Kruse: This is really remarkable. And the key points, again, that you bring up. Marshall's doing this, it's not like a course where anybody can pay their $1,000 or $5,000 or $10,000 and then you go spend a weekend or a week with Marshall Goldsmith, he's doing it for free, and he's selecting people that he thinks he can work with and that have already shown quite a bit of promise. So what's the program been like? How have you interacted with him, do you go and is it face to face, is it remote, are you reading things? I think a lot of people are curious about how he's administering the program.
Cohn: Yeah, well, I think it's sort of an evolving process, but so far what he's done is he's named a number of different weekends, and if you can make it you go, and if you can't, you can't. They've been in New York and in Boston and Phoenix, and we just had one in London last weekend where he brings us all together. He often brings in other of his clients and colleagues, like Alan Mulally, the former CEO of Ford, Dr. Jim Kim, the president of the World Bank, and they share with us things they've learned from leadership along the way. We also saw Dr. Jim Kim's, his movie which is called The Long Arc, which is from the long arc of history, and sort of the documentary about what he did back in the day to cure TB, tuberculosis, in various parts of the developing world. Very inspiring.
And then we all, Marshall speaks also about his long career, how he's built up his brand, and also how he does what he does. He's very innovative from the point, and very simple, from the point of view that he gives everything away. He says, “You should use all of this, absolutely you should help each other, and I'm here to support you in doing what you want to do in using all this material to do what you want to do.” Also we do—I should say one more thing. We do a training specifically in the Stakeholder Centered Leadership, which he's known for, which is really a version of 360 Feedback, which has made really significant positive benefit for executives, in terms of understanding how they are perceived and figuring out how they need to be perceived to be successful. That was the basis of his first major book called What Got You Here Won't Get You There.
Kruse: Incredible book.
Cohn: It's an incredible book, and he's an incredible person bringing incredible people together. So what we're doing is, we're doing, I would say, in formal and informal ways, one thing that I don't think he expected, I'm not sure if I expected it. We're also just talking offline together. We're all doing calls together, we're meeting up informally. I'm from New York, so in New York we have a group that meets informally, in Boston they do, in other areas. And it's been very rich. I should just say that. It's a very rich program.
Kruse: That's incredible, and I think not only will he make an impact through this program, but it's such a great idea that I'm sure there will be others that do similar things. Setting up, larger tribes that are set up to pay it forward in the future. I think that's great.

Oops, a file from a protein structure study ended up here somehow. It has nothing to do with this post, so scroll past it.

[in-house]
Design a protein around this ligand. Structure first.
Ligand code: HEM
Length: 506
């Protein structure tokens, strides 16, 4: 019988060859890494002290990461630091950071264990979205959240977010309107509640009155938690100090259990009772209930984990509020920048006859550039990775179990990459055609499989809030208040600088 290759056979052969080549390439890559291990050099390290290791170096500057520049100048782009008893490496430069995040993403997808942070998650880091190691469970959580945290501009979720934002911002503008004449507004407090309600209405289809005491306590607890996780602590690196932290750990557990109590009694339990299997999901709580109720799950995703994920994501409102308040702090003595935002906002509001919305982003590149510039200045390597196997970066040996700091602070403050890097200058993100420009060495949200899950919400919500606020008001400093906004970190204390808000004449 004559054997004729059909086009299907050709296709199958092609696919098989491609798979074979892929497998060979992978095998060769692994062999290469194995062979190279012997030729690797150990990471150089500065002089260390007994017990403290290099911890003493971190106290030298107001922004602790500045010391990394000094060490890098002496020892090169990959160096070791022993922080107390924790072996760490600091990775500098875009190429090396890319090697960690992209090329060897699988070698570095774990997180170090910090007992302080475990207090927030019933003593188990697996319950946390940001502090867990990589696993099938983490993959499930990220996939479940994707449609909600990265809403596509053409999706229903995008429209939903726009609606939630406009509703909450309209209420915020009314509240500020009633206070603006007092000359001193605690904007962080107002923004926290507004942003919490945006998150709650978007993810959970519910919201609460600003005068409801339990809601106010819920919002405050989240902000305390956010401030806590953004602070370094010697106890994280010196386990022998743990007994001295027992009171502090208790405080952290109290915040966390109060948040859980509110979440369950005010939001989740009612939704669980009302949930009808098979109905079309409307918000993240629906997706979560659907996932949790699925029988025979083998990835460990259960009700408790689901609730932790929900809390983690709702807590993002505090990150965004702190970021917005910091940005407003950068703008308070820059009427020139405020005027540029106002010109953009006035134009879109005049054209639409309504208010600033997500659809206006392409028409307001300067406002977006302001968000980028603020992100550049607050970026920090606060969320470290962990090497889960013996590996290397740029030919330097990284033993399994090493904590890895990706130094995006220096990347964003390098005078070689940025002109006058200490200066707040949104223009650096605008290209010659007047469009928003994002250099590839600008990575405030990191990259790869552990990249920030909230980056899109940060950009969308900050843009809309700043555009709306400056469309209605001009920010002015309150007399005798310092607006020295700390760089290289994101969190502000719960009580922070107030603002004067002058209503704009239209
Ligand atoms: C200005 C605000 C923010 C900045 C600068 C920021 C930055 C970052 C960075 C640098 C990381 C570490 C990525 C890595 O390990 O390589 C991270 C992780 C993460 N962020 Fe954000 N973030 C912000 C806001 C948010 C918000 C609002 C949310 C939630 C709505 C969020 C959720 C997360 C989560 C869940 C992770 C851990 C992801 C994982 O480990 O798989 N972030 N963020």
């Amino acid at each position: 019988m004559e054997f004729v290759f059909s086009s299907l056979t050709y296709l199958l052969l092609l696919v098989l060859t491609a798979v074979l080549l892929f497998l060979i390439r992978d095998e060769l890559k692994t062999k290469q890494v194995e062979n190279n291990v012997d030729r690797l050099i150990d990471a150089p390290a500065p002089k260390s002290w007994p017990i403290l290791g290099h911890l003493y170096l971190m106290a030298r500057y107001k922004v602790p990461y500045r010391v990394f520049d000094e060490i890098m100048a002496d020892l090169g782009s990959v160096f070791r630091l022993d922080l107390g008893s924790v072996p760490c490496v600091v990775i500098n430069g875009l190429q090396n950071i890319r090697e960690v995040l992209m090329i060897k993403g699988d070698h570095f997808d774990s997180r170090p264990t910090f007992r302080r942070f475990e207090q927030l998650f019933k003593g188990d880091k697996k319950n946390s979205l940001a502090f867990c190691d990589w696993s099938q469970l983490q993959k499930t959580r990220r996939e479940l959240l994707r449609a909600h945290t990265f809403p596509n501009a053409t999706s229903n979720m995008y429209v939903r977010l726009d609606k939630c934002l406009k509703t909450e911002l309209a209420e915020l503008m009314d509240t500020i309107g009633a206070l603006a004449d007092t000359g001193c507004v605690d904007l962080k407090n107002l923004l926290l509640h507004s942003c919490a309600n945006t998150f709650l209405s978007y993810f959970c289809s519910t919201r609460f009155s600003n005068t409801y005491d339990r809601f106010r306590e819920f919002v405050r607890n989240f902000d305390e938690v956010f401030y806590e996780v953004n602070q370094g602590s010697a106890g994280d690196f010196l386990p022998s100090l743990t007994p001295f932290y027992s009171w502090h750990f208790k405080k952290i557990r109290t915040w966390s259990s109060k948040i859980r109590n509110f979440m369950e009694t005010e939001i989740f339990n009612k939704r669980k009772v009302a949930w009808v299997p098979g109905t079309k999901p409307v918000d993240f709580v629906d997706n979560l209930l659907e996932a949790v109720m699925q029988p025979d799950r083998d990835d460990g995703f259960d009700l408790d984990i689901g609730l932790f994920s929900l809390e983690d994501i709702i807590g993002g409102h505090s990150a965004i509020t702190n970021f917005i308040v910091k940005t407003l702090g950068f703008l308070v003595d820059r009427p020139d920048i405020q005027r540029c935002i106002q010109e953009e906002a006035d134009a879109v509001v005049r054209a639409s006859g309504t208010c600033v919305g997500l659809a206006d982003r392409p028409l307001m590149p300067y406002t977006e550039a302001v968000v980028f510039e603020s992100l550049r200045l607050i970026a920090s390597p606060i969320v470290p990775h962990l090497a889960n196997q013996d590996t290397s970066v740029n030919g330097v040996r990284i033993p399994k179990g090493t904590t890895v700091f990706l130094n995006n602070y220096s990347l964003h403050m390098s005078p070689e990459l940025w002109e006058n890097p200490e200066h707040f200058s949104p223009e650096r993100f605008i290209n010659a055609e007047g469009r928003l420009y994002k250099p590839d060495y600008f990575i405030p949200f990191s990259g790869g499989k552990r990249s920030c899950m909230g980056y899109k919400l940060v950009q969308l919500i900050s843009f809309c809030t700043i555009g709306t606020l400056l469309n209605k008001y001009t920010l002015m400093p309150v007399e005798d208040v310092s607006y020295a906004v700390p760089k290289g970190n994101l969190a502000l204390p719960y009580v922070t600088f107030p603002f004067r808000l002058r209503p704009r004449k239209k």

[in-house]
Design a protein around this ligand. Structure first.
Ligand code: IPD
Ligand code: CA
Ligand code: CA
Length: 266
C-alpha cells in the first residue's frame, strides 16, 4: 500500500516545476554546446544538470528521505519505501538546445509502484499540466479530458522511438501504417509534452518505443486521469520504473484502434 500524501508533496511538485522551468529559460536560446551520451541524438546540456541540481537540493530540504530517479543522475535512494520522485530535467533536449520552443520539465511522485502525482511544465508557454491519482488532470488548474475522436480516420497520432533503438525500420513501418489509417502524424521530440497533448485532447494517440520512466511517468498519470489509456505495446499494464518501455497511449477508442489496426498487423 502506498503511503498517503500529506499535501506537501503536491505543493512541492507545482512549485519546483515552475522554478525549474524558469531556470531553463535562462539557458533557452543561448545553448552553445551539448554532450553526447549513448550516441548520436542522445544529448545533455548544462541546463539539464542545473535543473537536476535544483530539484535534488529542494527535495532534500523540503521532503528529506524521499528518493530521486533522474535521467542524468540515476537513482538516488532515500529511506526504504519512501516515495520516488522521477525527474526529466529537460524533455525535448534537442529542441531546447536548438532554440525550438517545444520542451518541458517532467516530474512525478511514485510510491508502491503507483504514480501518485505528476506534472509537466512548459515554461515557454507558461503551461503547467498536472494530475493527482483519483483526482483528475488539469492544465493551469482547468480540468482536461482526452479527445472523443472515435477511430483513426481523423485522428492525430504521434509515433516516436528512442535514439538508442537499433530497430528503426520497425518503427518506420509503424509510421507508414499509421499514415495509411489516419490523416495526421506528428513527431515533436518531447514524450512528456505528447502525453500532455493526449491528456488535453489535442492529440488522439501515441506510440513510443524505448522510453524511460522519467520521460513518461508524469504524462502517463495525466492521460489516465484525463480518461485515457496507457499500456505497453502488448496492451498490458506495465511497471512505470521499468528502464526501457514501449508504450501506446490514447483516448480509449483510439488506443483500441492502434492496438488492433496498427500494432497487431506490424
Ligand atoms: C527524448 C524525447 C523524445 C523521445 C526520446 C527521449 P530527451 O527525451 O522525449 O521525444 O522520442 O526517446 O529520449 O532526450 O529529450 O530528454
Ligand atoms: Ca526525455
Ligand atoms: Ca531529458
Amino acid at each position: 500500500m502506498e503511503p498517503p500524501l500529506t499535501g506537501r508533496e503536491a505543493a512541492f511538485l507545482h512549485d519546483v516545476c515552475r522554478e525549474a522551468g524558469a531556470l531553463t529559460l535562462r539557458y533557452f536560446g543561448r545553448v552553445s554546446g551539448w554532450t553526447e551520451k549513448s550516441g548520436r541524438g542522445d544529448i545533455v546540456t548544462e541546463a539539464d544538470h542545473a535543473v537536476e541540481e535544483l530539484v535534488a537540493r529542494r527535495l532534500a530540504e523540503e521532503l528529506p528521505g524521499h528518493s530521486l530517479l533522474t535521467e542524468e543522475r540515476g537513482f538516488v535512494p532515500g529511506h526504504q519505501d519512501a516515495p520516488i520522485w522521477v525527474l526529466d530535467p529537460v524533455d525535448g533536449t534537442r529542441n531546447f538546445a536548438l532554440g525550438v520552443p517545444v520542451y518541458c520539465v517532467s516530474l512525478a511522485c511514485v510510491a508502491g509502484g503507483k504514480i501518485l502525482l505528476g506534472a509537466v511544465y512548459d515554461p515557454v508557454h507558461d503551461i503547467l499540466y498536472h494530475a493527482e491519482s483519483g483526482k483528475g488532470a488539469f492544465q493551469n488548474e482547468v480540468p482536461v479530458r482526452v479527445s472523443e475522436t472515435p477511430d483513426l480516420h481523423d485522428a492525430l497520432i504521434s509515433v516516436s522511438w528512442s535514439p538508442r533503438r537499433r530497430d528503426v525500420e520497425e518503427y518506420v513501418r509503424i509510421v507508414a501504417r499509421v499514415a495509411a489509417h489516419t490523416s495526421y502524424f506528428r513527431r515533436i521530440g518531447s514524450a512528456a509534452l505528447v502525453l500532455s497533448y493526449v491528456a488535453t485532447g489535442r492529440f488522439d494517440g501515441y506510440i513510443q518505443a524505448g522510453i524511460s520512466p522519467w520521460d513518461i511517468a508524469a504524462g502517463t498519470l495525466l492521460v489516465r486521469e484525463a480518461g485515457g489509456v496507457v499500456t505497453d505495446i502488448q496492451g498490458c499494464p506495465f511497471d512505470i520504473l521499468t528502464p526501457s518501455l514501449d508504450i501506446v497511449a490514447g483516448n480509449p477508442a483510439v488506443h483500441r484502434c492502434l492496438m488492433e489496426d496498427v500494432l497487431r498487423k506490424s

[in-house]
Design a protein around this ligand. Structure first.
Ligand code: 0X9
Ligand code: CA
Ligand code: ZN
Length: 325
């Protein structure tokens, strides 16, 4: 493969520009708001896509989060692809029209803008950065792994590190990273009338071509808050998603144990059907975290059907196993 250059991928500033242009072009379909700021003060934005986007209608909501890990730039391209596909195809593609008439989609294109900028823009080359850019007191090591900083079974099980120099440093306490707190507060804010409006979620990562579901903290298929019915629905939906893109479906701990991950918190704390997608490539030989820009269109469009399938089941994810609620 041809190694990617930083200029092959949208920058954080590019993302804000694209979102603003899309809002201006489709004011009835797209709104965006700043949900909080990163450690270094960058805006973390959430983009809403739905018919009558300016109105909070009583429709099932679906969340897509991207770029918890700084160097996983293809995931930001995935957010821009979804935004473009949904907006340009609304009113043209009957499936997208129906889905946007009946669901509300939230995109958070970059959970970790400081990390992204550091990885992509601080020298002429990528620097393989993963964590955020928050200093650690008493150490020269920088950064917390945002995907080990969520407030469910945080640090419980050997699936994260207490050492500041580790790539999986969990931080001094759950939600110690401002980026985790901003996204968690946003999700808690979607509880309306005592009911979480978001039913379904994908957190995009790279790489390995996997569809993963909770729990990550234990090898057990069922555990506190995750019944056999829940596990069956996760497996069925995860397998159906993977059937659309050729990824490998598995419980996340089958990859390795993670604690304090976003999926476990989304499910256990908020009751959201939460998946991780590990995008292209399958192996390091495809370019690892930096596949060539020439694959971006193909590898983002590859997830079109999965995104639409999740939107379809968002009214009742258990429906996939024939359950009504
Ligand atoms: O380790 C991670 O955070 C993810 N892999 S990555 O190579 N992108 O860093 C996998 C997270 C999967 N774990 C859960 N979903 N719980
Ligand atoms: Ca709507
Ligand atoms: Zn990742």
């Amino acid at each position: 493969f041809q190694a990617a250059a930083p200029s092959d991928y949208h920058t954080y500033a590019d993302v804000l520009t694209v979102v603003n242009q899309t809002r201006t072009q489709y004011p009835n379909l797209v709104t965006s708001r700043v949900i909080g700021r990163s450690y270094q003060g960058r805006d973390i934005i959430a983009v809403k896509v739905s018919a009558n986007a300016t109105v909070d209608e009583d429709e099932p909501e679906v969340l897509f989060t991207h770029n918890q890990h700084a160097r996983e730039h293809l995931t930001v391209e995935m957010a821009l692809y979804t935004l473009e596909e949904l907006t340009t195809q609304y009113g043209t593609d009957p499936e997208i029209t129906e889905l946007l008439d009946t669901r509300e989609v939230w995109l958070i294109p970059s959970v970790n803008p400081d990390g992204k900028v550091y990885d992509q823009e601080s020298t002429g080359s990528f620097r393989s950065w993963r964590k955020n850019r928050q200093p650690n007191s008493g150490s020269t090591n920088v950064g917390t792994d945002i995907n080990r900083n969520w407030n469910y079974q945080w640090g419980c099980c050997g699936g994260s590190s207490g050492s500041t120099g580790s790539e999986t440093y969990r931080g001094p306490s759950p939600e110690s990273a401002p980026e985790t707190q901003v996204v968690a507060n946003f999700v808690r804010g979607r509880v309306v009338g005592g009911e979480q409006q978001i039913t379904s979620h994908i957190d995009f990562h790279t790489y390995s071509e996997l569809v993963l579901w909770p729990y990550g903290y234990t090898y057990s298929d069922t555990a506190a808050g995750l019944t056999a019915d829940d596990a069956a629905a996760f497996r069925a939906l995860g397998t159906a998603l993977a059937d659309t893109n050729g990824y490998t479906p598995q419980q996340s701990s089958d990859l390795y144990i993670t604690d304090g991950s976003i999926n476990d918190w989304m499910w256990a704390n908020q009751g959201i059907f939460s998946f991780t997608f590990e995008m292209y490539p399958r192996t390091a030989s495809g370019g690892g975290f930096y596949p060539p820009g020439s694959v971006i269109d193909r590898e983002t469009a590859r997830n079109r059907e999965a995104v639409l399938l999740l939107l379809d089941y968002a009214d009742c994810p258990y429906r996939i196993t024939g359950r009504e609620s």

Cohn: Yes, I'm sure that's true, yeah.
Kruse: I know every one of your clients is different, but I'm curious; what is something that either you see a lot and help people with, or that you like to teach when it comes to leadership?
Cohn: Well, I think it's along what we're just talking about. When you're a leader, you have to realize that your suggestions can come across as orders. So you have to be very mindful about what you say, and what you do, and how you come across, because when you're coming from the top, you feel like, ‘Oh, I'm just me.' But in fact, you're very much the role of the CEO or the role of the leader. And then the other thing I would say is that it's your mandate to make sure the pictures in your head are communicated to the pictures in everybody else's head, in the employees around you. And the way to do that, I'm sorry to say, is repetition, repetition, repetition. You cannot communicate too much. It's over-communicate, over-communicate, over-communicate until you're sick of it, and that's when they hear it. You can't just say, ‘Oh, I told them that.' No, it's not just that ‘I told them that,' it's also that you tell them that in one-on-ones, in small groups, in email, in person, in large groups. It's a way that you have to recognize that you're on-call to constantly be telling them the same message so they can see what you see.
Kruse: It's something I kinda chuckle at. First of all, I used to get zinged as a young leader myself about not repeating myself often enough, and I'll talk to CEOs or C-level folks and they're just shocked that every employee doesn't know the mission and strategy of the company. And I'll say, “Well, why are you shocked?” And they said, “Well, we rolled it out at the company town hall in January, we sent that memo eight months ago!” They think they did it once.
Cohn: It's in the policy manual!
Kruse: Right, it's in the policy manual. And now we say, I say, “Unless they are making fun of you behind your back by saying it over and over again, you haven't said it enough. Your goal is to have them all make fun of you for saying it so much.”
Cohn: That is the marker: Are they making fun of you behind your back? And also, when you say something in a meeting, do they all kinda roll their eyes and finish your sentence? Now you know.
Kruse: I like that. I like that.
Cohn: You got through.
Kruse: So Alisa, this is a lot of fun, and congratulations on all your success. How can we find out more about you and your work?
Cohn: Well you can come to my website, which is alisacohn.com, or follow me on, and follow me on Twitter @alisacohn.
Kruse: We're both chuckling at the ‘and not or.' Self-correction there. It's both, not one or the other.
Cohn: Right, and I love hearing from people. And I love hearing from people both in terms of, ‘Can I help anybody? Can I give you any thoughts or advice? Happy to help,' and then also, ‘What has landed for you?' I have seven years of different newsletters on my blog, I tweet all the time, what has been helpful and inspiring for you? I absolutely want to know from people.